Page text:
How To Become A Business Broker: A Quick Guide

How To Become A Business Broker: A Quick Guide

The business brokerage industry offers rewarding, exciting, and potentially lucrative careers. But like many other professions, being a business broker is not for everyone. You need to possess the right educational background, skill set, and attitude to succeed in this field.

Many people dream to become business brokers because of the perks that go along with the profession. After all, not many positions give you the liberty to control your work environment and time. Plus, there’s no limit on your earning potential. The more businesses you sell, the higher the commission. You’re paid for the amount of work you put in, which makes it a very attractive career path.

However, starting a career as a business broker doesn’t come easy. You need to learn the ropes to succeed in this field.

What does a business broker do?

Basically, a business broker acts as an intermediary between business sellers and buyers bringing the two parties together to close the deal. These professionals manage the entire sales process from looking for a business on sale and prospective buyers to evaluating the right value of the business down to advertising and negotiating the final price.

Business brokers are very much like real estate brokers except that they sell business instead of real estate properties. These brokers are paid on a commission-basis although some receive a monthly paycheck. Some brokerage firms charge additional fees for posting or listing businesses.

How to become a business broker?

As mentioned above, not everyone may have the skillset to become a business broker. If you want to be one, you need to have sales, financial analysis, accounting, and communication skills. It would help if you have a marketing background and great interpersonal skills to help build rapport with sellers, buyers, colleagues, and other connections.

If you think you have what it takes to become a business broker, an exciting career awaits you. But before you that, there are few steps you need to take.

1.  Gain some business background

An Orlando Business Broker noted that although a formal business degree is not required; having a solid background in business proves helpful. Since business brokers will analyze and evaluate businesses, a strong understanding of business operations is crucial. If you have previously managed a business, it can give a good foundation.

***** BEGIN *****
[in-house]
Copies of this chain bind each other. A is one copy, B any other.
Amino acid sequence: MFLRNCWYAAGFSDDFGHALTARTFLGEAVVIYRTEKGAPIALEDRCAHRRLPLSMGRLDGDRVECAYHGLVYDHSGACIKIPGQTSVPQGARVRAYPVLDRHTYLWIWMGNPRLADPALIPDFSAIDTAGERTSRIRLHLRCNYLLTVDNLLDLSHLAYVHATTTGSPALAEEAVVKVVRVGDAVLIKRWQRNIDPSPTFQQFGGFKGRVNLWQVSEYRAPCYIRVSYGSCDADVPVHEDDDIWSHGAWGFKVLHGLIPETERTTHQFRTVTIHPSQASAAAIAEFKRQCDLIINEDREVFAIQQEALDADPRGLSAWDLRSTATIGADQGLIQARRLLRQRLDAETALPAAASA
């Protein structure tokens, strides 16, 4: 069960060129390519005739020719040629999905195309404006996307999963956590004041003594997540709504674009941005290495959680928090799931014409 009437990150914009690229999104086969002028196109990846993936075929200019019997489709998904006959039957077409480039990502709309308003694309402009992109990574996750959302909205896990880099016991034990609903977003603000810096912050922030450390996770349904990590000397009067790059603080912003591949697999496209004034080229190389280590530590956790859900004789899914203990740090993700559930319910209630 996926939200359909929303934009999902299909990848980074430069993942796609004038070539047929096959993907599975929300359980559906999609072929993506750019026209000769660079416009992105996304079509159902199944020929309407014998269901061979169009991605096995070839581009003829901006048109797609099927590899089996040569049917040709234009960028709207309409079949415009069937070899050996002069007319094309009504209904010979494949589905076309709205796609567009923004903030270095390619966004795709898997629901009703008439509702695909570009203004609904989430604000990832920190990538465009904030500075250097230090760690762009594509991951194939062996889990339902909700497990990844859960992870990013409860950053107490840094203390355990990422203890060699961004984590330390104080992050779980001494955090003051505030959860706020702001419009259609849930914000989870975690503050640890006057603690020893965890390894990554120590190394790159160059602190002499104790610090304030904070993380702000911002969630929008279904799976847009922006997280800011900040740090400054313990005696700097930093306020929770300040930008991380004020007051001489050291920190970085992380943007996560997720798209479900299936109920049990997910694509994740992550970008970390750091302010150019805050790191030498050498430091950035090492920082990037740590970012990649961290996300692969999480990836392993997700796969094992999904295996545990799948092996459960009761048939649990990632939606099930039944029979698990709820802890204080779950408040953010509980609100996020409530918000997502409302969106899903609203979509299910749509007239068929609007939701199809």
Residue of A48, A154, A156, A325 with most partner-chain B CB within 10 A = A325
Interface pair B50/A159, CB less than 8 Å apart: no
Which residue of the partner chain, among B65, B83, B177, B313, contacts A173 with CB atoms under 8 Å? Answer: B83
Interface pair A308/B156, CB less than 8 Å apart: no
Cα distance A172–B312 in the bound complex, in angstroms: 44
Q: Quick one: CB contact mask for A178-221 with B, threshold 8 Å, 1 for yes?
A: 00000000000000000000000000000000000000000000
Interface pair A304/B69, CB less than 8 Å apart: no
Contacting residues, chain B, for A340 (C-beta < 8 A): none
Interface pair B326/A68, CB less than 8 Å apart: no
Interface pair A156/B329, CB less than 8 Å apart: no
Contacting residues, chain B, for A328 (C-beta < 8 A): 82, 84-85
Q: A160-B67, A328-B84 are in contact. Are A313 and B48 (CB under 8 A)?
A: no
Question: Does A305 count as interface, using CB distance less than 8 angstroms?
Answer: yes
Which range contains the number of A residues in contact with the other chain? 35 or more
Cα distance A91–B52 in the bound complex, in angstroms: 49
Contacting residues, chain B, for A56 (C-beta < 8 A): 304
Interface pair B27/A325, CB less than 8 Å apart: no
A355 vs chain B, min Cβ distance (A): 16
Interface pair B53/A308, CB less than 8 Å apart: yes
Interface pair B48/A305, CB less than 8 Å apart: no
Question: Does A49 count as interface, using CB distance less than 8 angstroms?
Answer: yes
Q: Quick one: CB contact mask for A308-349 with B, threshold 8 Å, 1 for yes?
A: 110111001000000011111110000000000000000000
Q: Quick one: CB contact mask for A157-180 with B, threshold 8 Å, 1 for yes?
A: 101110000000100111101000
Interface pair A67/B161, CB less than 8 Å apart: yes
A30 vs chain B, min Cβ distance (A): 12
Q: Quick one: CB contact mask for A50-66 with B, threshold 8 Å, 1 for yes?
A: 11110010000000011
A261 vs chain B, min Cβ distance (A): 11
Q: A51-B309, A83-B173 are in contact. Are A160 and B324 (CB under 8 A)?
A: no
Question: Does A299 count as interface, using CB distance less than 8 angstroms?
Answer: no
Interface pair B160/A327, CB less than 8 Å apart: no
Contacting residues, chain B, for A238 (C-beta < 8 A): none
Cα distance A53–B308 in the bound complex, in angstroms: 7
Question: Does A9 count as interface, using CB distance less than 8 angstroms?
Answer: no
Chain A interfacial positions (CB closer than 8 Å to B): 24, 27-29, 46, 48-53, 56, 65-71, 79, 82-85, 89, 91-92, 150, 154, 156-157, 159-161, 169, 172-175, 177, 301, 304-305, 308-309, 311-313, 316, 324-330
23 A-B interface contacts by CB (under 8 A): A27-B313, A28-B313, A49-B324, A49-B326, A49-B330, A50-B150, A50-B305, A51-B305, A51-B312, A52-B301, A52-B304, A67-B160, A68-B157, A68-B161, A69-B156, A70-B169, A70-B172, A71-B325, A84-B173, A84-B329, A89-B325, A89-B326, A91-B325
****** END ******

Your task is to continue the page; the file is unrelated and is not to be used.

2.  Enroll in a business broker training program

To gain a deeper understanding of how the industry works, you should enroll in a business broker training program. The training course will equip you with necessary skills, such as: proper business appraisal, evaluating financial statements, building marketing plans, mediating and negotiating terms and prices, and completing proper legal documentation.

Usually, these are short-course programs (less than a week) offered by reputable training centers. But before you enroll in any course, make sure to research the program and the provider. Some online courses are not accredited by the American Business Brokers Association (ABBA).

3. Get licensed and certified

Some states require business brokers to get licensed. Each state and jurisdiction has a unique set of requirements that a prospective business broker needs to possess. Typically, broker licensure requires formal education and training, work experience, and passing an exam. Check your state’s requirements on how to get licensed.

Certifications are also important in building a successful career. By earning certifications, you become more credible. These certification programs are administered by accredited organizations, such as the American Business Brokers Association (ABBA) and the International Business Brokers Association (IBBA).

4. Get ready to sell

Once you’re all set, you’ll need to start looking for businesses to sell and prospective buyers. You’ll need to promote the businesses you’re selling. Although there are many selling points, don’t expect that you’ll start earning on the first day. As such, it is best to save up so you’ll be able to shore up until you have a stable income.

Although a business brokerage career has many benefits, it also comes with some drawbacks. Aside from not having a regular paycheck, usually, you’ll have to learn the rope by yourself. Some brokers give up or fail because they don’t get the rewards soon enough. It’s vital to learn the basics and continuously improve your trade. Focus on key areas particularly customers, listings, and professionalism to help you succeed in the industry.


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